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Flashcards in Sacred Page Study Deck (25)
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1

Why do we study arguments

- To glorify God
- To become more effective people

2

What is an argument

A basic unit of reasoning that contains a premise and conclusion in at least 2 separate statements.

3

How do we identify arguments

DIE

Develop sensitivity
Indicator words and phrases
Expand our knowledge

4

Argument vs Assertion vs Explanation

Assertion: Single claim or statement

Explanation: Why rather than That

5

Three Types of Deductive Arguments

Categorical Syllogism
Disjunctive Syllogism
Hypothetical Syllogism

6

Categorical Syllogism

2 Premises, 1 Conclusion that are categorical propositions

7

Disjunctive Syllogism

"either / or" statements

8

Valid Disjunctive Syllogism

Denying a Disjunct

9

Invalid Disjunctive Syllogism

Affirming a Disjunct

10

Hypothetical Syllogism Types

Pure

Mixed

11

Pure Hypothetical Syllogism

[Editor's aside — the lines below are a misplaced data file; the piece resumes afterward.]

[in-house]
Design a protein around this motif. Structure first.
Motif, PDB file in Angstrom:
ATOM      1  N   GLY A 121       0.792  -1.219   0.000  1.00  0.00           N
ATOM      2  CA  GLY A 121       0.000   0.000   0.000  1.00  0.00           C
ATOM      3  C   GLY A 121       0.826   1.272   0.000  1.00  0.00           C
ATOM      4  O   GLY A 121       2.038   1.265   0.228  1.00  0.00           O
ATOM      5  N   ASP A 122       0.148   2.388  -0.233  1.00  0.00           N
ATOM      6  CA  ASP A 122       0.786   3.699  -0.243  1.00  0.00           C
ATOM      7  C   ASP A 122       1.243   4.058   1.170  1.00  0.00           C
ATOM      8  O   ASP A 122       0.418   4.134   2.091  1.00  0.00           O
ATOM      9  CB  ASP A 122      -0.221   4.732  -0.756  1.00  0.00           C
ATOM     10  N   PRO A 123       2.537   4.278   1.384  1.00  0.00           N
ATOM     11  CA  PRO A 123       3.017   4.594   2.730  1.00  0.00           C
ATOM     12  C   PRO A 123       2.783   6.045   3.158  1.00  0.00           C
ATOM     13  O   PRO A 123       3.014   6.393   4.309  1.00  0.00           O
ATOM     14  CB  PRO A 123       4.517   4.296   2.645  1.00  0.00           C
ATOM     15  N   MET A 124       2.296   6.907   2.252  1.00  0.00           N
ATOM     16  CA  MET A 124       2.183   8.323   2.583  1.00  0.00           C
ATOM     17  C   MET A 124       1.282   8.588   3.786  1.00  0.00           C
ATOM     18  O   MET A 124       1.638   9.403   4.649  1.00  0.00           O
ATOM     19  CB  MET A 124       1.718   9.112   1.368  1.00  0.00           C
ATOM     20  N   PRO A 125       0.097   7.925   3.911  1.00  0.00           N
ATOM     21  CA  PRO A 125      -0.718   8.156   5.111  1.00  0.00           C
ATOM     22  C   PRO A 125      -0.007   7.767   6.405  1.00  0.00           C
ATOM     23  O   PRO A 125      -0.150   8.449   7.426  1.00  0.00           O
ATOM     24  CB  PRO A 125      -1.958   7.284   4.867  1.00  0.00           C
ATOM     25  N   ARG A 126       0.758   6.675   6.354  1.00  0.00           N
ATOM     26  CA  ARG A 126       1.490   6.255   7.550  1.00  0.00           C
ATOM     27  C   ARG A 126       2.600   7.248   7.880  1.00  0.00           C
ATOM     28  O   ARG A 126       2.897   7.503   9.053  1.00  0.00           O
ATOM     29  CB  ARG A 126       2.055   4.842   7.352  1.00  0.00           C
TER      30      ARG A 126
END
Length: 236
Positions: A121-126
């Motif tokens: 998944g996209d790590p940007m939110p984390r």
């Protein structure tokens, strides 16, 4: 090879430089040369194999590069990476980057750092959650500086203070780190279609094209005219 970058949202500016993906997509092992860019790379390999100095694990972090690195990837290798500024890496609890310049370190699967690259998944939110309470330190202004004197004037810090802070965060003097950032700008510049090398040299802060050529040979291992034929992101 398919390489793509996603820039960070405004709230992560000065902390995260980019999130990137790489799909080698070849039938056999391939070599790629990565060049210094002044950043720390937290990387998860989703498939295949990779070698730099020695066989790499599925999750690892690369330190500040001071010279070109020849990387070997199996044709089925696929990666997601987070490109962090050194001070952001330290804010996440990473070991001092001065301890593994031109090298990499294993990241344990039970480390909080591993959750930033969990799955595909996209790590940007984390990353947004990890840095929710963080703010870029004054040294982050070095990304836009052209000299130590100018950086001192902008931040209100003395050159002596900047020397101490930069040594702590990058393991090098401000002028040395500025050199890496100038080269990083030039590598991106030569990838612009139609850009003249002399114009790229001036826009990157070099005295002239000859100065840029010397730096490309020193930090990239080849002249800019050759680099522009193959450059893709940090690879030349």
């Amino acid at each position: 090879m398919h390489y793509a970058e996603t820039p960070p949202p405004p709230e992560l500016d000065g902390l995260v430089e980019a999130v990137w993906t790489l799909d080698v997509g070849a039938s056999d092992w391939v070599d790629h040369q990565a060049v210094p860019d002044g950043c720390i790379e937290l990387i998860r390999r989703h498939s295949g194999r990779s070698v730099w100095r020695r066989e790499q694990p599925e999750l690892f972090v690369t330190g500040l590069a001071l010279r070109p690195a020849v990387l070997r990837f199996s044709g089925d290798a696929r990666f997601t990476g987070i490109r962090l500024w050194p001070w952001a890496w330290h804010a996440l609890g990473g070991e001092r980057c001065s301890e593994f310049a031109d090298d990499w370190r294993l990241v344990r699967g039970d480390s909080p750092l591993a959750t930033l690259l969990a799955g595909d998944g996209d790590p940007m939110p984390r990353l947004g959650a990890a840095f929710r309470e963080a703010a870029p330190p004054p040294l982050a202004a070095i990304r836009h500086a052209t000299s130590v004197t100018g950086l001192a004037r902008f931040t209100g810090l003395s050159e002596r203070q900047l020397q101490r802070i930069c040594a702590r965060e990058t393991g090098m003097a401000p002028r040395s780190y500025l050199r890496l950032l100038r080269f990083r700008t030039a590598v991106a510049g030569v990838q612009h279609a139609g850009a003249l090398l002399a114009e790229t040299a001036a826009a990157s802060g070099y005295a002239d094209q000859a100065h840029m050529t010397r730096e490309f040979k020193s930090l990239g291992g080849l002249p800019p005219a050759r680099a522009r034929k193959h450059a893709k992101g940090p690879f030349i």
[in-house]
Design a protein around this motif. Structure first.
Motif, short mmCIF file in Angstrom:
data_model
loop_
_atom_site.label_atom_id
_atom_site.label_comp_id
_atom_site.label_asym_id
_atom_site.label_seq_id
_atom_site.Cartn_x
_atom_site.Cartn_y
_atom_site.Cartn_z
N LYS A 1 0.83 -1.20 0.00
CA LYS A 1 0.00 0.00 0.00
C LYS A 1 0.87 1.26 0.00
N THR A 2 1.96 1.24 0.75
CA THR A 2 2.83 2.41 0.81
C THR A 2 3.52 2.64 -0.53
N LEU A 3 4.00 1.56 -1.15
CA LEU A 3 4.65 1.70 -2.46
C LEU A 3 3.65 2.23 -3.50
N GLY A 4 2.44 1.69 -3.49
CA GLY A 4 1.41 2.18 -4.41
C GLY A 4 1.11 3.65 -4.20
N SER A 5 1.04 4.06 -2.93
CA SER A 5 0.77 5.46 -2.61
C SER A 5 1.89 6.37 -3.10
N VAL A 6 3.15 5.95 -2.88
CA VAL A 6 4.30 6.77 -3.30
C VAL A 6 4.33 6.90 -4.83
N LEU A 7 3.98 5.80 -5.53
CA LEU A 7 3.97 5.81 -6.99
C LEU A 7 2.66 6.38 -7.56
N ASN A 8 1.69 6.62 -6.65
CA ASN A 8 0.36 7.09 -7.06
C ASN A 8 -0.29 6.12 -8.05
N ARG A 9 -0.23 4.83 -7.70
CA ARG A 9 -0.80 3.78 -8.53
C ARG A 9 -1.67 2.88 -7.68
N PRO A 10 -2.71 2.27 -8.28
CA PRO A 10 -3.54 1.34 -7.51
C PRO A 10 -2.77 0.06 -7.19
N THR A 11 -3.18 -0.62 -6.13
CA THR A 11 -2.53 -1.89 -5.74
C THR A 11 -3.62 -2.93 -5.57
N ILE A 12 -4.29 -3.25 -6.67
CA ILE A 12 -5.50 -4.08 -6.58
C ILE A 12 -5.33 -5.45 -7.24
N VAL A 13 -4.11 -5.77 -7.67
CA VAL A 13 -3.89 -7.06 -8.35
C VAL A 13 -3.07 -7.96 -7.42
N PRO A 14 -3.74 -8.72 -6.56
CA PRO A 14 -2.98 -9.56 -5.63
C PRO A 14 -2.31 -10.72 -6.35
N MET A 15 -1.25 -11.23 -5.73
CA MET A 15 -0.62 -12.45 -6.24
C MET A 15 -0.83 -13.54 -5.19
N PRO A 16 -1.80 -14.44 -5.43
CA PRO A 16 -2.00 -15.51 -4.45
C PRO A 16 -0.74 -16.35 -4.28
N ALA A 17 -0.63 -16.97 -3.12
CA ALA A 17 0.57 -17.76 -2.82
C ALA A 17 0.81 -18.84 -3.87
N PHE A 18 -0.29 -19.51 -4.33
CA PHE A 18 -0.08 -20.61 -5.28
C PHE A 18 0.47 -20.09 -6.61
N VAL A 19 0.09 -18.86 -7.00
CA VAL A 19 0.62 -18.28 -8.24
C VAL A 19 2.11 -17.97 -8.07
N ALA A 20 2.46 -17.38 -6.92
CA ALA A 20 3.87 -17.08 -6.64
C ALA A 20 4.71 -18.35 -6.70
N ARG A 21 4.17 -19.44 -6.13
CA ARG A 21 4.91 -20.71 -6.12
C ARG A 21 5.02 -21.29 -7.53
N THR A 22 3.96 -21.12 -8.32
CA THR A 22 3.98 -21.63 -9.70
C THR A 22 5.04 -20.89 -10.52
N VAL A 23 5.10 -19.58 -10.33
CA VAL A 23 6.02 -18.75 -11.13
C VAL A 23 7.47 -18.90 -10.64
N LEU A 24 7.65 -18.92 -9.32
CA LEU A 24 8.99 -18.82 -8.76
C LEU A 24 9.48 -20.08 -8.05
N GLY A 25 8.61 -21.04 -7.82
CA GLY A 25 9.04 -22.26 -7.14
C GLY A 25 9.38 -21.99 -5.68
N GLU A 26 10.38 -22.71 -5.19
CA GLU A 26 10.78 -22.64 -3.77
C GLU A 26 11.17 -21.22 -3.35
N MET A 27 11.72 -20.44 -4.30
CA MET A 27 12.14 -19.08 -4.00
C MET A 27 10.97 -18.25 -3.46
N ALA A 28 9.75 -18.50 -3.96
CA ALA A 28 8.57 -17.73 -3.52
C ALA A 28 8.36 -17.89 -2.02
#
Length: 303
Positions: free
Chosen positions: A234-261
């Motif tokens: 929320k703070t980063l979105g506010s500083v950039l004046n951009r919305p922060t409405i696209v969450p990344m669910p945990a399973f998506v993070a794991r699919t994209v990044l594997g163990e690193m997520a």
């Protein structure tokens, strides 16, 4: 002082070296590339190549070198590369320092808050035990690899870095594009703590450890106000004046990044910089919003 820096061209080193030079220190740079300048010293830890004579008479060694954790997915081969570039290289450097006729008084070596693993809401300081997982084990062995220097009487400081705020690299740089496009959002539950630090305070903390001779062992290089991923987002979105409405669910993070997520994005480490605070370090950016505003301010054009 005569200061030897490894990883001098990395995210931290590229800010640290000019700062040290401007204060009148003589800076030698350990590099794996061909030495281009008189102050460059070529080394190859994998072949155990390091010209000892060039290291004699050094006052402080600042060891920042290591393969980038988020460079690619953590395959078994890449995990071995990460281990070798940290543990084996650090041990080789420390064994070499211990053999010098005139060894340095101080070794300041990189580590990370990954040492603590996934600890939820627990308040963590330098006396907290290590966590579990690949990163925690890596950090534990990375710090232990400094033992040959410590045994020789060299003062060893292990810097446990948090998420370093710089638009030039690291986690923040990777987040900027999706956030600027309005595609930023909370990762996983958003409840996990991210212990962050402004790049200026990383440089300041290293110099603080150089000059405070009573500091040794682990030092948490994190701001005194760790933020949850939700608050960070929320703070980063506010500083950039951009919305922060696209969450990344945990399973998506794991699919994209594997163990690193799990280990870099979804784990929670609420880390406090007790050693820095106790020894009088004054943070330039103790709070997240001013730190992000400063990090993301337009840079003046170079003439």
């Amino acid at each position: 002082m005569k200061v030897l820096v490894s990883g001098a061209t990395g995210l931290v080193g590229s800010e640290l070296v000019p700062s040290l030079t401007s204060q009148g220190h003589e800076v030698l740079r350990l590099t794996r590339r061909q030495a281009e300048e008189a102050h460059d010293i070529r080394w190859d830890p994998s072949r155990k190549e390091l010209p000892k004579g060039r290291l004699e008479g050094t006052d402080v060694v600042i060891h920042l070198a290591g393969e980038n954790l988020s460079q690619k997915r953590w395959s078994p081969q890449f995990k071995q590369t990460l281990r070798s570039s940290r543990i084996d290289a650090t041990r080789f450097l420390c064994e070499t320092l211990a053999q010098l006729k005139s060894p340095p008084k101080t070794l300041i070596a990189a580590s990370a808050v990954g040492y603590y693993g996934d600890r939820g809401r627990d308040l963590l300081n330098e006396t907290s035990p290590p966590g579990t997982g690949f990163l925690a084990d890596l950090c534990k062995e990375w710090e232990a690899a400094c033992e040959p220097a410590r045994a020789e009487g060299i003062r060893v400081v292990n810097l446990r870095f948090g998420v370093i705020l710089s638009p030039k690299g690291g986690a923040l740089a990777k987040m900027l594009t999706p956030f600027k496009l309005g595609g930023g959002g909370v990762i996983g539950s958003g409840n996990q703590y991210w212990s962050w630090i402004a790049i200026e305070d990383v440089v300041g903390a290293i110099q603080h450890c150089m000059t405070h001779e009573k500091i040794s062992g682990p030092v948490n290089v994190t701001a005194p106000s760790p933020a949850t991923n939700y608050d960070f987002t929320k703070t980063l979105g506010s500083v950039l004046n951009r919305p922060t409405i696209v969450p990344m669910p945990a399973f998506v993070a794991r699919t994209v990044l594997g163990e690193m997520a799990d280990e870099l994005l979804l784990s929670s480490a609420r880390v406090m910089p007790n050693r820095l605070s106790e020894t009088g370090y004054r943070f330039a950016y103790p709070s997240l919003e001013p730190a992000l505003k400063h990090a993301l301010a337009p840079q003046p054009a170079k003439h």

If p, then q
p
therefore q

12

Mixed Valid Hypothetical Syllogism

Affirming the Antecedent
Denying the Consequent

13

Mixed Invalid Hypothetical Syllogism

DAAC

Denying the Antecedent
Affirming the Consequent

14

Types of Non-Deductive Arguments

Inductive Generalizations
Argument by Analogy
Abductive Argument

15

Inductive Generalization

Categorical Generalization
Statistical Generalization

16

Argument by Analogy

"Country X is like Country Y, therefore, Country X will have the same outcome"

17

Abductive Argument

"Inference to the best explanation"

18

How do we evaluate Deductive Arguments

Factual Strength
Logica Strength

19

Evaluating Deductive Arguments

- Are they valid / invalid
- If the premise is true, the conclusion must be true

20

Subjectivism Fallacy

I believe it to be true, therefore It must be

21

Appeal to Majority Fallacy

Everyone's doing it, so should you

22

Evaluating Argument by Analogy

ONE COUNTER is a PLAUSIBLE DIFFERENCE

One sample (not large or varied
Look for counter-analogies
Plausibility in the light of background knowledge
Are the differences enough to discount the link

23

Evaluating Abductive Arguments

KISS, KNOW, DISCOVER, ADAPT

The conclusion is simpler than its rivals / contains less fallacies
Coheres well with relevant knowledge
Leads to new discoveries
Helps predict future events

24

Evaluating Inductive Generalizations

ABUNDANT INSTANCES are PLAUSIBLE

Sample is sufficiently large and varied
Look for confirming / disconfirming instances
Plausibility in light of additional knowledge

25

What is a conclusion premise?

A multi-level or multi-step argument containing at least on statement that functions as both a premise and a conclusion